Guest Author - Carla Ruschival
Becoming blind or visually impaired is never easy, but it is especially difficult when it happens to an elderly person.
The majority of blind and visually impaired people experience vision loss after age 55, usually because of age-related macular degeneration (AMD), diabetes, glaucoma, or retinitis pigmentosa (RP).
When a person begins to lose vision, even the smallest things become major chores, seemingly impossible to achieve. It's sometimes hard to figure out how to handle little everyday tasks because the person is so used to depending on sight for information. Now, all of a sudden, he has to gather information from the world by touch, smell, or hearing. He has to communicate in ways that don't require sight.
Let's explore a few quick tips that can make the adjustment to blindness or visual impairment a little easier and less frustrating:
(1) "What time is it?" The person who cannot see the clock or watch asks this question over and over. Time is important. If he can't see the clock, and he doesn't know what time it is, he can be frustrated and even depressed.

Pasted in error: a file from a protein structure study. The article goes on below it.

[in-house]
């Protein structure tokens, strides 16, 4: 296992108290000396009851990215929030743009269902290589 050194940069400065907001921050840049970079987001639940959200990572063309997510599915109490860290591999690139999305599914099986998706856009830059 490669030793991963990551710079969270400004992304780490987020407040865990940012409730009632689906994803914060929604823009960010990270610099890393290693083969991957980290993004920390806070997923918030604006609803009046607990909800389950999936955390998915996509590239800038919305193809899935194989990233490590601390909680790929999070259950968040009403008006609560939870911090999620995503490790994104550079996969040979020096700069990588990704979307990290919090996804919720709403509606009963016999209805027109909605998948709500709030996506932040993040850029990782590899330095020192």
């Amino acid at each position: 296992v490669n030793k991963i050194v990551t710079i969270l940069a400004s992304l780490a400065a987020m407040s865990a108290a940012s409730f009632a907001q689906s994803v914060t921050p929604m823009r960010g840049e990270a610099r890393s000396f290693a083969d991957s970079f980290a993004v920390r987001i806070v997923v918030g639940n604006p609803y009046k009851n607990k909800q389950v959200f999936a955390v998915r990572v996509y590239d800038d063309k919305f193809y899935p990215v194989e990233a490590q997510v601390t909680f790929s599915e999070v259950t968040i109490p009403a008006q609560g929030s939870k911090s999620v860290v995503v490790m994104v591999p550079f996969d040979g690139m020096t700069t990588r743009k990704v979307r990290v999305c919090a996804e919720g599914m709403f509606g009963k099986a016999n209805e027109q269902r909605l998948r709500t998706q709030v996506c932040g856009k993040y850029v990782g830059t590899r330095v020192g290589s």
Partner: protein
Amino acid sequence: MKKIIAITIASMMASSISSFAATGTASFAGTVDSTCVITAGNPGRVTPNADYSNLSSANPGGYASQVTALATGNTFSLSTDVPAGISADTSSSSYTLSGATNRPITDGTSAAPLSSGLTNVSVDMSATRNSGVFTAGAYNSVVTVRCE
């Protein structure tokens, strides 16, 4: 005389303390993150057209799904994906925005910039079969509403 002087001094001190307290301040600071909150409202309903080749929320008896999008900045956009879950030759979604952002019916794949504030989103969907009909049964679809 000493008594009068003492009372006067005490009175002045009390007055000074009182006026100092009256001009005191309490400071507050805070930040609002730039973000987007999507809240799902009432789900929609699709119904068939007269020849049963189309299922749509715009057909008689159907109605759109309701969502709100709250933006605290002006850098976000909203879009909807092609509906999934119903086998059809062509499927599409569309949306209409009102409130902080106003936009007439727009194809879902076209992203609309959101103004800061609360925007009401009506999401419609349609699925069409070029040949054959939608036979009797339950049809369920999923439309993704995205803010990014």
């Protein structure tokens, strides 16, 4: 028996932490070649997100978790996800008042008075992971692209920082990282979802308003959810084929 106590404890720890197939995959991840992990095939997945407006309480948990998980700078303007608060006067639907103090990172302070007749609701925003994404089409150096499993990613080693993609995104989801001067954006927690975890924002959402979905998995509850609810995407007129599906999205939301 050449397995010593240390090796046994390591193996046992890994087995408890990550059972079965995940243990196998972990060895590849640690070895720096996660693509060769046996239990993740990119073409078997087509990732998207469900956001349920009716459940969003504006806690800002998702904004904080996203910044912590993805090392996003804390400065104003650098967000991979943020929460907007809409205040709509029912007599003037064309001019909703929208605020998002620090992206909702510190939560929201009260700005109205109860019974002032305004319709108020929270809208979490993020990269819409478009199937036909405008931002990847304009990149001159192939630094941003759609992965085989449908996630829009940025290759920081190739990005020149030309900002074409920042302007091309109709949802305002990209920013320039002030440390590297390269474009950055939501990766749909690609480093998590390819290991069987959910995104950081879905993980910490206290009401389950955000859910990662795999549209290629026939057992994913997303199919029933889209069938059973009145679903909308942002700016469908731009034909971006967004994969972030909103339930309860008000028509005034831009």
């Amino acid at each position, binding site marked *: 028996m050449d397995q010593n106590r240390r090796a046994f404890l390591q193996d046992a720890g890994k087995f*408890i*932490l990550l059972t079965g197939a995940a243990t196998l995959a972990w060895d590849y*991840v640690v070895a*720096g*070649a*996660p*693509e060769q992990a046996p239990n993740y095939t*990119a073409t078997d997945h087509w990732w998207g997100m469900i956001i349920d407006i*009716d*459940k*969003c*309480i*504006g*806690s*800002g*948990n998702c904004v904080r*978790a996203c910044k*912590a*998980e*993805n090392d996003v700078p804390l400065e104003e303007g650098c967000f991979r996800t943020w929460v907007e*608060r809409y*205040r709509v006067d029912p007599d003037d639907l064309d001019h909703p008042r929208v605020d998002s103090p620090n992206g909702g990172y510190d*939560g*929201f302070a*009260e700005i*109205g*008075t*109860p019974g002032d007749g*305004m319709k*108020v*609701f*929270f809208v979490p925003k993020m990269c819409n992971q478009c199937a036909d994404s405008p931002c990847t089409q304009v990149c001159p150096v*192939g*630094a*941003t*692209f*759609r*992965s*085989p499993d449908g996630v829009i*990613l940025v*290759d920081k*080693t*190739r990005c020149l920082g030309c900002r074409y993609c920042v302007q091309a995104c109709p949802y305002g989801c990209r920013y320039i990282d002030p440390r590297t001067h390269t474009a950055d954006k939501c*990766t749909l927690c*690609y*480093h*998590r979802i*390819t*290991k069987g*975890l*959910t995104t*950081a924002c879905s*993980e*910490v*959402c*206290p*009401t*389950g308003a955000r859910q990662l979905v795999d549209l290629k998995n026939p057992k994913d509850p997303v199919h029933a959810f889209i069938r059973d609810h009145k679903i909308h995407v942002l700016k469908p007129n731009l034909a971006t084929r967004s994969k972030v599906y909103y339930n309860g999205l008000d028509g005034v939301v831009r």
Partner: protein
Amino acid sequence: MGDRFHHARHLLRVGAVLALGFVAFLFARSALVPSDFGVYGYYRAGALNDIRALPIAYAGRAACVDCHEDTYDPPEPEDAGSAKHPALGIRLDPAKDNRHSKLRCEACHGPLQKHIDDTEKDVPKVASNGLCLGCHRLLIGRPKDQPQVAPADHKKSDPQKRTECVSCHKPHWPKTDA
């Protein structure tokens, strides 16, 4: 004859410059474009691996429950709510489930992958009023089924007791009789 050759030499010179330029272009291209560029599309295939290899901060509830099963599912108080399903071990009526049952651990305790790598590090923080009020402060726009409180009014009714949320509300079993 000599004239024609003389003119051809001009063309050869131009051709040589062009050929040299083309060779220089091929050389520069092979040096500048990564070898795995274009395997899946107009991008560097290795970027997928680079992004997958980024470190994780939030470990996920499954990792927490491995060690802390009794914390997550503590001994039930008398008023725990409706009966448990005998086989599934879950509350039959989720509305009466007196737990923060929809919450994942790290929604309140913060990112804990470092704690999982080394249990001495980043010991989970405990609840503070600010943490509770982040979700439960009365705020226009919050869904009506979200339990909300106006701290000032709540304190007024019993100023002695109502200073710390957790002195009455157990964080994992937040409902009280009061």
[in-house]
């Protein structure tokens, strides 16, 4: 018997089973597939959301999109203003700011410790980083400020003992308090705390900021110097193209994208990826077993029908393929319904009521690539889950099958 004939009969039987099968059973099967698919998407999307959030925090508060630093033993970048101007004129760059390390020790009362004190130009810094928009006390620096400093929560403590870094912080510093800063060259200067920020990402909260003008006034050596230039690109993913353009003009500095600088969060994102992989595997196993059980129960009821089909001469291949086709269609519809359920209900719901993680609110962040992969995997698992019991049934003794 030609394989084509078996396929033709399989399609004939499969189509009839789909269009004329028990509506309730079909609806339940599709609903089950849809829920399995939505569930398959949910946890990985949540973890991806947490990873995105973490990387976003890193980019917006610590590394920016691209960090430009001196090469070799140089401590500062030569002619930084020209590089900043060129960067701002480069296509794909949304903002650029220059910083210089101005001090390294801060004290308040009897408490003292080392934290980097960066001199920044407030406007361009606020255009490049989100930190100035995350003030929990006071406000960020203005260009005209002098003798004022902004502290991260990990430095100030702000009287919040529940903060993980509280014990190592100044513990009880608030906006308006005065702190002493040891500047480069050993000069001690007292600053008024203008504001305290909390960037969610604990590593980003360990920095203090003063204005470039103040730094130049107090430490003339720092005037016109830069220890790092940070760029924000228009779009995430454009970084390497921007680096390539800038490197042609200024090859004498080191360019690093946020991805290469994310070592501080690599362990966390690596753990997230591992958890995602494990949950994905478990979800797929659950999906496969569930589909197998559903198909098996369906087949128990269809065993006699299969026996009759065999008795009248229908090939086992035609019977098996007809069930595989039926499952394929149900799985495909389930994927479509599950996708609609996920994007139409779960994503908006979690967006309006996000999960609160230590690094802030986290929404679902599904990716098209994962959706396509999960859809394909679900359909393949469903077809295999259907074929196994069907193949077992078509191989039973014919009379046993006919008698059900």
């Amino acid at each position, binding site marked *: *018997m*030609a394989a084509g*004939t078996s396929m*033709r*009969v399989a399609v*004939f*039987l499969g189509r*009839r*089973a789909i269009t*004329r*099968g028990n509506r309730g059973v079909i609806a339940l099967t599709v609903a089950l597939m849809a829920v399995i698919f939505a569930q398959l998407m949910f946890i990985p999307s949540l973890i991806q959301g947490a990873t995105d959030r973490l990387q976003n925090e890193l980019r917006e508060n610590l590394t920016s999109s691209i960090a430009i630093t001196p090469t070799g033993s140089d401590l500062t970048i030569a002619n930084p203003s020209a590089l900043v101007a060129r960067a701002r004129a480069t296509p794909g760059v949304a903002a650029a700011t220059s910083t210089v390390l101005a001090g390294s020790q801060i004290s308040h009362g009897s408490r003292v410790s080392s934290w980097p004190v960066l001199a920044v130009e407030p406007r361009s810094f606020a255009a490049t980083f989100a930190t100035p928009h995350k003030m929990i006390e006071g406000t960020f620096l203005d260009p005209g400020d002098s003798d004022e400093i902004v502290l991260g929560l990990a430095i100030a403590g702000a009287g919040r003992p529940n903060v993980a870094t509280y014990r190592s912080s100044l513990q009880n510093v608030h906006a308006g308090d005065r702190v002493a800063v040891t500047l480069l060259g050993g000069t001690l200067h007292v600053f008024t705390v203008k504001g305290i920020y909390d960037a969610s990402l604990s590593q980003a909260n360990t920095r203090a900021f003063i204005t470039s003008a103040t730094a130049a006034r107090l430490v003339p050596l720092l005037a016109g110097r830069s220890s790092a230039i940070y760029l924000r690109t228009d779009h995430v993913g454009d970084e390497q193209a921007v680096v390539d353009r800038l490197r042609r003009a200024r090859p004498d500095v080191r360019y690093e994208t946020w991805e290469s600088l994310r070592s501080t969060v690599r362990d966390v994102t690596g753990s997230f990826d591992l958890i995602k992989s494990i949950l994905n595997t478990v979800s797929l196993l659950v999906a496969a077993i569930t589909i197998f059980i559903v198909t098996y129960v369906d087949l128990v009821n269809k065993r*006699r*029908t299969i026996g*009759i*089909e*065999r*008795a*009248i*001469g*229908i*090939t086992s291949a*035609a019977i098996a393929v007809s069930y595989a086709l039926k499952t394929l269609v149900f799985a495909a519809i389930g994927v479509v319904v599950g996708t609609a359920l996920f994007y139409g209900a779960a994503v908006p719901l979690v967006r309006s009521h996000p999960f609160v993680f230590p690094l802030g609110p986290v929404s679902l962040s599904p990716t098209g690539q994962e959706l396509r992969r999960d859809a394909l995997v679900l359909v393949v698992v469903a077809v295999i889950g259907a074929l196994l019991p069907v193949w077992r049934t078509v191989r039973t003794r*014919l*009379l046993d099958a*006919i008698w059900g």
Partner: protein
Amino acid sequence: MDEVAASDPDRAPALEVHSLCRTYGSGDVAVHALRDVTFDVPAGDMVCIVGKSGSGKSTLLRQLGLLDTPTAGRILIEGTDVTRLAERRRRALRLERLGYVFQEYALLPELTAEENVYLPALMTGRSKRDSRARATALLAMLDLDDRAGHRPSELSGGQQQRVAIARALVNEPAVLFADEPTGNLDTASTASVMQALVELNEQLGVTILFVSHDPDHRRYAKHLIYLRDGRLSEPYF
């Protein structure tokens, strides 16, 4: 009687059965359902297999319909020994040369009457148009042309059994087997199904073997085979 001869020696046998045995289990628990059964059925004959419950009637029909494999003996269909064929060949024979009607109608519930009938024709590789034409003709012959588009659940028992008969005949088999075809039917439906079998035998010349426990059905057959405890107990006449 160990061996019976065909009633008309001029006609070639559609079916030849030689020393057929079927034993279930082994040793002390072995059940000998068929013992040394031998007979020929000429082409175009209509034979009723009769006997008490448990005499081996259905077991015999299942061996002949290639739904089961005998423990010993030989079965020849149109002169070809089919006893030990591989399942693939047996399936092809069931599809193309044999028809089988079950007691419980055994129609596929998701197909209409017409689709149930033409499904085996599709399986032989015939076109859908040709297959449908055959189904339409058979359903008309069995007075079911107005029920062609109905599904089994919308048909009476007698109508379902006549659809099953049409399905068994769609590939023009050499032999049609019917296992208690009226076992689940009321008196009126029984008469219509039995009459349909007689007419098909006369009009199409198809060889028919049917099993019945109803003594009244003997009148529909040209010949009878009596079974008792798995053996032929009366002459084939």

What to Do: Talking watches and clocks are very inexpensive. They are sometimes sold in retail stores, but a better selection is available from low-vision specialty stores (operated by state or private agencies for the blind in some localities), or from mail-order companies that specialize in products for the blind. Clocks and watches with raised dots and/or large numbers are also available. Click on the Products link at the end of this article for more information.
(2) Hello, hello: Calling a friend or the doctor may become a very big problem. Many people, especially diabetics who often have an impaired sense of touch, have a very hard time learning to dial the telephone without looking at the numbers.
What to Do: Look for a big-button telephone. Wal-mart, Radio Shack and similar companies may have just what you need. You'll also find big-button phones with large contrasting numbers. No matter what phone you buy, it will be easier to use if there is a raised dot on the 5. Click the Products link below for places to find big-button phones.
Have questions? Email me and ask away. Remember: the only bad question is the question no one asks.
Click here to locate mail-order companies that sell products for people who are blind or visually impaired and offer catalogs and on-line ordering.